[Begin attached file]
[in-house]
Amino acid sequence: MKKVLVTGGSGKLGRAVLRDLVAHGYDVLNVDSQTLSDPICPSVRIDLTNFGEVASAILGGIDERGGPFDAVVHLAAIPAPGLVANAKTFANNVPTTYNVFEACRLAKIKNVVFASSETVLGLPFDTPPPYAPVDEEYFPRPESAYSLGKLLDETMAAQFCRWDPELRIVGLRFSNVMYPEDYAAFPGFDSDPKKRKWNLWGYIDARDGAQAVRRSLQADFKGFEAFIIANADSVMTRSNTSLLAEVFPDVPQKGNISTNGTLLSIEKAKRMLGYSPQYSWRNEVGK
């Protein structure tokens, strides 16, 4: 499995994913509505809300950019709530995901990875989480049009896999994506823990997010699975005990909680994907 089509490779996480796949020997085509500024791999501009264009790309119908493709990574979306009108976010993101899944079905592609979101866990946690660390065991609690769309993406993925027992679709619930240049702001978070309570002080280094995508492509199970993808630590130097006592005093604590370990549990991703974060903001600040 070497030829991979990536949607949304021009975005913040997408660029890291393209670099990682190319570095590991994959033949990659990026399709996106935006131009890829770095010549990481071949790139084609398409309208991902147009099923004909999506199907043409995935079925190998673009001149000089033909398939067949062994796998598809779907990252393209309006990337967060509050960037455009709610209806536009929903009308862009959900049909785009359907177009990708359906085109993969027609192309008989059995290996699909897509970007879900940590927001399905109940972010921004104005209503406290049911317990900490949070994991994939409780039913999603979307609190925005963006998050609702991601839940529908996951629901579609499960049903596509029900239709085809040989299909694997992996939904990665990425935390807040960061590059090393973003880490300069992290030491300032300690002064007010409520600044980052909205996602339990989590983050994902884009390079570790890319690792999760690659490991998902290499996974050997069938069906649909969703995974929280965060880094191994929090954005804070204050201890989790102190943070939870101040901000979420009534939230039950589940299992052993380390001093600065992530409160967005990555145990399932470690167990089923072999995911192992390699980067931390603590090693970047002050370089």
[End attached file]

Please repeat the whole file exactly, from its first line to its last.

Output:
[in-house]
Amino acid sequence: MKKVLVTGGSGKLGRAVLRDLVAHGYDVLNVDSQTLSDPICPSVRIDLTNFGEVASAILGGIDERGGPFDAVVHLAAIPAPGLVANAKTFANNVPTTYNVFEACRLAKIKNVVFASSETVLGLPFDTPPPYAPVDEEYFPRPESAYSLGKLLDETMAAQFCRWDPELRIVGLRFSNVMYPEDYAAFPGFDSDPKKRKWNLWGYIDARDGAQAVRRSLQADFKGFEAFIIANADSVMTRSNTSLLAEVFPDVPQKGNISTNGTLLSIEKAKRMLGYSPQYSWRNEVGK
């Protein structure tokens, strides 16, 4: 499995994913509505809300950019709530995901990875989480049009896999994506823990997010699975005990909680994907 089509490779996480796949020997085509500024791999501009264009790309119908493709990574979306009108976010993101899944079905592609979101866990946690660390065991609690769309993406993925027992679709619930240049702001978070309570002080280094995508492509199970993808630590130097006592005093604590370990549990991703974060903001600040 070497030829991979990536949607949304021009975005913040997408660029890291393209670099990682190319570095590991994959033949990659990026399709996106935006131009890829770095010549990481071949790139084609398409309208991902147009099923004909999506199907043409995935079925190998673009001149000089033909398939067949062994796998598809779907990252393209309006990337967060509050960037455009709610209806536009929903009308862009959900049909785009359907177009990708359906085109993969027609192309008989059995290996699909897509970007879900940590927001399905109940972010921004104005209503406290049911317990900490949070994991994939409780039913999603979307609190925005963006998050609702991601839940529908996951629901579609499960049903596509029900239709085809040989299909694997992996939904990665990425935390807040960061590059090393973003880490300069992290030491300032300690002064007010409520600044980052909205996602339990989590983050994902884009390079570790890319690792999760690659490991998902290499996974050997069938069906649909969703995974929280965060880094191994929090954005804070204050201890989790102190943070939870101040901000979420009534939230039950589940299992052993380390001093600065992530409160967005990555145990399932470690167990089923072999995911192992390699980067931390603590090693970047002050370089």